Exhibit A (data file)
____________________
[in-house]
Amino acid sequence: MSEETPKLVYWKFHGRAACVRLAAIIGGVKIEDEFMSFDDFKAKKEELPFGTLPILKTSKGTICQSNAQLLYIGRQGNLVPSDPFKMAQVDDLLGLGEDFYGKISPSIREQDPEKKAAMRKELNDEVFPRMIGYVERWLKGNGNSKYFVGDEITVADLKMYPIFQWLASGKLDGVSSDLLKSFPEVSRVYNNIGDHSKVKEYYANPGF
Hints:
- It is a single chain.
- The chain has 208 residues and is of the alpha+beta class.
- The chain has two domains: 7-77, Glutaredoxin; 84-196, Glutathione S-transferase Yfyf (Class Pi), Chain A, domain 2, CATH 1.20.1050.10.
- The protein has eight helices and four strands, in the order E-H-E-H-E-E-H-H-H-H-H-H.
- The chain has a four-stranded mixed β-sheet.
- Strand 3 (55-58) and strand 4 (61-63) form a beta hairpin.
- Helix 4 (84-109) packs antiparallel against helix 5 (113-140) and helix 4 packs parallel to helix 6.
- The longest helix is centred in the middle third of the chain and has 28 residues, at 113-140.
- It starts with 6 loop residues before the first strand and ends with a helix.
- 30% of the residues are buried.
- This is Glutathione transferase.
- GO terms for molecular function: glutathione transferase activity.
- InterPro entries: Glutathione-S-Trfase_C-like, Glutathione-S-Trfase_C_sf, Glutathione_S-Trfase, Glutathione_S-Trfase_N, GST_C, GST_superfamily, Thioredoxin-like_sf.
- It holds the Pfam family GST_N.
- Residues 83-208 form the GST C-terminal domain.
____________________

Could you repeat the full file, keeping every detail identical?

[in-house]
Amino acid sequence: MSEETPKLVYWKFHGRAACVRLAAIIGGVKIEDEFMSFDDFKAKKEELPFGTLPILKTSKGTICQSNAQLLYIGRQGNLVPSDPFKMAQVDDLLGLGEDFYGKISPSIREQDPEKKAAMRKELNDEVFPRMIGYVERWLKGNGNSKYFVGDEITVADLKMYPIFQWLASGKLDGVSSDLLKSFPEVSRVYNNIGDHSKVKEYYANPGF
Hints:
- It is a single chain.
- The chain has 208 residues and is of the alpha+beta class.
- The chain has two domains: 7-77, Glutaredoxin; 84-196, Glutathione S-transferase Yfyf (Class Pi), Chain A, domain 2, CATH 1.20.1050.10.
- The protein has eight helices and four strands, in the order E-H-E-H-E-E-H-H-H-H-H-H.
- The chain has a four-stranded mixed β-sheet.
- Strand 3 (55-58) and strand 4 (61-63) form a beta hairpin.
- Helix 4 (84-109) packs antiparallel against helix 5 (113-140) and helix 4 packs parallel to helix 6.
- The longest helix is centred in the middle third of the chain and has 28 residues, at 113-140.
- It starts with 6 loop residues before the first strand and ends with a helix.
- 30% of the residues are buried.
- This is Glutathione transferase.
- GO terms for molecular function: glutathione transferase activity.
- InterPro entries: Glutathione-S-Trfase_C-like, Glutathione-S-Trfase_C_sf, Glutathione_S-Trfase, Glutathione_S-Trfase_N, GST_C, GST_superfamily, Thioredoxin-like_sf.
- It holds the Pfam family GST_N.
- Residues 83-208 form the GST C-terminal domain.